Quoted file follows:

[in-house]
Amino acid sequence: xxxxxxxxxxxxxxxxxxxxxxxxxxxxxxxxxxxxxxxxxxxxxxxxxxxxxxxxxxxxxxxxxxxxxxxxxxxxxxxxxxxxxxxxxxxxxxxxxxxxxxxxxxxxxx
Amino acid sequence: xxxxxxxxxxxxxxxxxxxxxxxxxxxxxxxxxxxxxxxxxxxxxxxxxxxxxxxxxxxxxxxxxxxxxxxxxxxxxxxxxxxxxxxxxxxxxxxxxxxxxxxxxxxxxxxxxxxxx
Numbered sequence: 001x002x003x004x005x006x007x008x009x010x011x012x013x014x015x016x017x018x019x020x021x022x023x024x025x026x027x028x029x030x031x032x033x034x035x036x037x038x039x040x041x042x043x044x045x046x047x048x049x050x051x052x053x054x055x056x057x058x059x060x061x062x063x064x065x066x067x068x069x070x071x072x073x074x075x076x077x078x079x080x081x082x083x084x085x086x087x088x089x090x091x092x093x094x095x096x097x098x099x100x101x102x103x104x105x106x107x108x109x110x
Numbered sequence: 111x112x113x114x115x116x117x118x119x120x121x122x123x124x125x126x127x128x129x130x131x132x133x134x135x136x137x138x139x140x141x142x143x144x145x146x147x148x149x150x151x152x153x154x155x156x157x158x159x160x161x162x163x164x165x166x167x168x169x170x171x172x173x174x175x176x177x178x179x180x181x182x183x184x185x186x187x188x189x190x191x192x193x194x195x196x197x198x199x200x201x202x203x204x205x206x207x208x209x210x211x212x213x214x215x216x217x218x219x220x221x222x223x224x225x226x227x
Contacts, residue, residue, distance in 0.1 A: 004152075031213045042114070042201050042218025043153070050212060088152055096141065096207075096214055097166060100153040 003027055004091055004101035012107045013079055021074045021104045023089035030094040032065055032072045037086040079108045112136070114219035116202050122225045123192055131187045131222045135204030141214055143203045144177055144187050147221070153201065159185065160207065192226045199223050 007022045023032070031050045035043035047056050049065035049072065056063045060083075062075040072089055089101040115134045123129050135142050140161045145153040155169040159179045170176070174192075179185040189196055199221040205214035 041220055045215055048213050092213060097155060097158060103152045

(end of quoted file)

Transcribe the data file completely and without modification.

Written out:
[in-house]
Amino acid sequence: xxxxxxxxxxxxxxxxxxxxxxxxxxxxxxxxxxxxxxxxxxxxxxxxxxxxxxxxxxxxxxxxxxxxxxxxxxxxxxxxxxxxxxxxxxxxxxxxxxxxxxxxxxxxxx
Amino acid sequence: xxxxxxxxxxxxxxxxxxxxxxxxxxxxxxxxxxxxxxxxxxxxxxxxxxxxxxxxxxxxxxxxxxxxxxxxxxxxxxxxxxxxxxxxxxxxxxxxxxxxxxxxxxxxxxxxxxxxx
Numbered sequence: 001x002x003x004x005x006x007x008x009x010x011x012x013x014x015x016x017x018x019x020x021x022x023x024x025x026x027x028x029x030x031x032x033x034x035x036x037x038x039x040x041x042x043x044x045x046x047x048x049x050x051x052x053x054x055x056x057x058x059x060x061x062x063x064x065x066x067x068x069x070x071x072x073x074x075x076x077x078x079x080x081x082x083x084x085x086x087x088x089x090x091x092x093x094x095x096x097x098x099x100x101x102x103x104x105x106x107x108x109x110x
Numbered sequence: 111x112x113x114x115x116x117x118x119x120x121x122x123x124x125x126x127x128x129x130x131x132x133x134x135x136x137x138x139x140x141x142x143x144x145x146x147x148x149x150x151x152x153x154x155x156x157x158x159x160x161x162x163x164x165x166x167x168x169x170x171x172x173x174x175x176x177x178x179x180x181x182x183x184x185x186x187x188x189x190x191x192x193x194x195x196x197x198x199x200x201x202x203x204x205x206x207x208x209x210x211x212x213x214x215x216x217x218x219x220x221x222x223x224x225x226x227x
Contacts, residue, residue, distance in 0.1 A: 004152075031213045042114070042201050042218025043153070050212060088152055096141065096207075096214055097166060100153040 003027055004091055004101035012107045013079055021074045021104045023089035030094040032065055032072045037086040079108045112136070114219035116202050122225045123192055131187045131222045135204030141214055143203045144177055144187050147221070153201065159185065160207065192226045199223050 007022045023032070031050045035043035047056050049065035049072065056063045060083075062075040072089055089101040115134045123129050135142050140161045145153040155169040159179045170176070174192075179185040189196055199221040205214035 041220055045215055048213050092213060097155060097158060103152045